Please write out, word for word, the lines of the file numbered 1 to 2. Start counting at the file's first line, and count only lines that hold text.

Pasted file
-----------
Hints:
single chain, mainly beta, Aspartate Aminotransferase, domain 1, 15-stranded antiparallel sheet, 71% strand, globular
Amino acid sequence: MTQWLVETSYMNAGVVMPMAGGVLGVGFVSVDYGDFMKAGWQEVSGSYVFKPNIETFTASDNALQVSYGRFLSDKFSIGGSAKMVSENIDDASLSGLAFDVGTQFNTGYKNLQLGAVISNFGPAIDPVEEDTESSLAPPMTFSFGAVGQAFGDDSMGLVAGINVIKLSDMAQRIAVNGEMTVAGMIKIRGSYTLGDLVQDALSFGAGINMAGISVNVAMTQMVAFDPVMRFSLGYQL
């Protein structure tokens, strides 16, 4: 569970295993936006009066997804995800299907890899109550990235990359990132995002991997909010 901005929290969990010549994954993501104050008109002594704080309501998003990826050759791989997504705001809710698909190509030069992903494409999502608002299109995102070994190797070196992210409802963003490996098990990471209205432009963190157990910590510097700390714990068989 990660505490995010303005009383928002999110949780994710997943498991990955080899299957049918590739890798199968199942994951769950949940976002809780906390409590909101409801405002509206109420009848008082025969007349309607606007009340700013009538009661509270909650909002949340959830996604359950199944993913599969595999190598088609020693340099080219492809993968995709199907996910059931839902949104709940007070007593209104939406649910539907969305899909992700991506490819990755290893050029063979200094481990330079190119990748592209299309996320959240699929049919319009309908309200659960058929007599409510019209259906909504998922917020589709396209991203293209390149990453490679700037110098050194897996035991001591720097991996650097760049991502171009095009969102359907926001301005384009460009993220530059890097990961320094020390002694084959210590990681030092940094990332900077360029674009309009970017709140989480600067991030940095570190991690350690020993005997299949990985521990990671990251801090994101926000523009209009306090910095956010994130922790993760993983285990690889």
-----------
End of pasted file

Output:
Hints:
single chain, mainly beta, Aspartate Aminotransferase, domain 1, 15-stranded antiparallel sheet, 71% strand, globular